2) With photodiode (PD) only



Here you can download some examples that demonstrate how to use the Standard Software Interface (using TCP/IP) with common programming languages:


This device is available directly via A·P·E and in the countries listed below via our exclusive distribution partners:

Australia: Coherent Scientific

China: Pinnacle / PulsePower

France: Optoprim

Great Britain and Ireland: Photonic Solutions

India: Laser Science

Israel: Ammo Engineering

Japan: Phototechnica

Korea: RayVis

Poland: Eurotek

Scandinavia, Baltic States: Gammadata

Singapore: AceXon

Spain, Portugal: Innova Scientific

Switzerland: Dyneos

Taiwan: SuperbIN

USA, Canada, Middle and South America: A.P.E America

  • Additional Optics Sets
  • Fiber input
  • Input polarization rotator
  • Measurement of pulses down to 10 fs @ 800 nm (ShortPulse option)
  • Enhances sensitivity with dedicated Optics Sets
  • Customized wavelength ranges
  • FROG Option for phase-resolved measurements

A selection of publications mentioning the use of the pulseCheck:

Barbarin et al., Characterization of a 15 GHz integrated bulk InGaAsP passively modelocked ring laser at 1.53μm,
Optics Express, Vol. 14, Issue 21, pp. 9716-9727 (2006), Link (DOI) | Link

Chapman et al., Femtosecond pulses at 20 GHz repetition rate through spectral masking of a phase modulated signal and nonlinear pulse compression,
Optics Express, Vol. 21, Issue 5, pp. 5671-5676 (2013), Link (DOI) | Link

Finch et al., Femtosecond pulse generation in passively mode locked InAs quantum dot lasers,
Applied Physics Letters, Vol. 103, No. 13, pp. 131109ff (2013), Link (DOI) | Link

Kjellberg et al., Momentum-map-imaging photoelectron spectroscopy of fullerenes with femtosecond laser pulses,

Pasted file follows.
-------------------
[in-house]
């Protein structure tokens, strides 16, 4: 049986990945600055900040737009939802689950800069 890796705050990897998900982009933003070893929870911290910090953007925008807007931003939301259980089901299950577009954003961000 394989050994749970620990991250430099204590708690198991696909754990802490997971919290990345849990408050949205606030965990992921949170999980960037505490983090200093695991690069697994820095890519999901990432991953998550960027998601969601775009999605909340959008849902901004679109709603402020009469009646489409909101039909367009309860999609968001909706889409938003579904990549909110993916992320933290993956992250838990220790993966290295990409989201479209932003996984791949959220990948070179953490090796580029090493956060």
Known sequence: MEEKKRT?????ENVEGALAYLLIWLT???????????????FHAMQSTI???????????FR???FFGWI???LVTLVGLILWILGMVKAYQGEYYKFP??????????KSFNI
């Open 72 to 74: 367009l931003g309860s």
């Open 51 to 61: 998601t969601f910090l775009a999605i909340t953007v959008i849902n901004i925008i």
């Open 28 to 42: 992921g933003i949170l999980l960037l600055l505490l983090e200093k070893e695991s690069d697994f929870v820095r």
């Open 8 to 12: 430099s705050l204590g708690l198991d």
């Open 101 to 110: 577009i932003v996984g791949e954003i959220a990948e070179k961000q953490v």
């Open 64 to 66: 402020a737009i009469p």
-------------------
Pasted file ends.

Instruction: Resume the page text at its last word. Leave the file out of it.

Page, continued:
Physical Review A, Vol. 81, Issue 2, (2010), Link (DOI) | Link

Mosley et al., Ultrashort pulse compression and delivery in a hollow-core photonic crystal fiber at 540 nm wavelength,
Optics Letters, Vol. 35, Issue 21, pp. 3589-3591 (2010), Link (DOI) | Link

Mou et al., Passively harmonic mode locked erbium doped fiber soliton laser with carbon nanotubes based saturable absorber,
Optical Materials Express, Vol. 2, Issue 6, pp. 884-890 (2012), Link (DOI) | Link

Nillon et al., Versatile dual stage tunable NOPA with pulse duration down to 17 fs and energy up to 3 μJ at 500 kHz repetition rate,
The European Conference on Lasers and Electro-Optics (2013), Link (DOI) | Link

Sun et al., A stable, wideband tunable, near transform-limited, graphene-mode-locked, ultrafast laser,
Nano Reserach, Vol. 3, Issue 9, pp. 653-660 (2010), Link (DOI) | Link

Yin et al., Relation between exciplex formation and photovoltaic properties of PPV polymer-based blends,
Solar Energy Materials and Solar Cells, Vol. 91, Issue 5, pp. 411–415 (2007), Link (DOI) | Link

Homann et al., Seeding of picosecond and femtosecond optical parametric amplifiers by weak single mode continuous lasers,
Optics Express, Vol. 21, Issue 1, pp. 730-739 (2013), Link (DOI) | Link

Liu et al., High-power wavelength-tunable photonic-crystal-fiberbased oscillator-amplifier-frequency-shifter femtosecond laser system and its applications for material microprocessing,
Laser Physics Letters, Vol. 6, Issue 1, pp. 44-48 (2009), Link (DOI) | Link

Nomura et al., Observation and analysis of structural changes in fused silica by continuous irradiation with femtosecond laser light having an energy density below the laser-induced damage threshold,
Beilstein Journal of Nanotechnology, Vol. 5, pp. 1334-40 (2014), Link (DOI) | Link

Riedel et al., Long-term stabilization of high power optical parametric chirped-pulse amplifiers,
Optics Express, Vol. 21, Issue 23, pp. 28987-28999 (2013), Link (DOI) | Link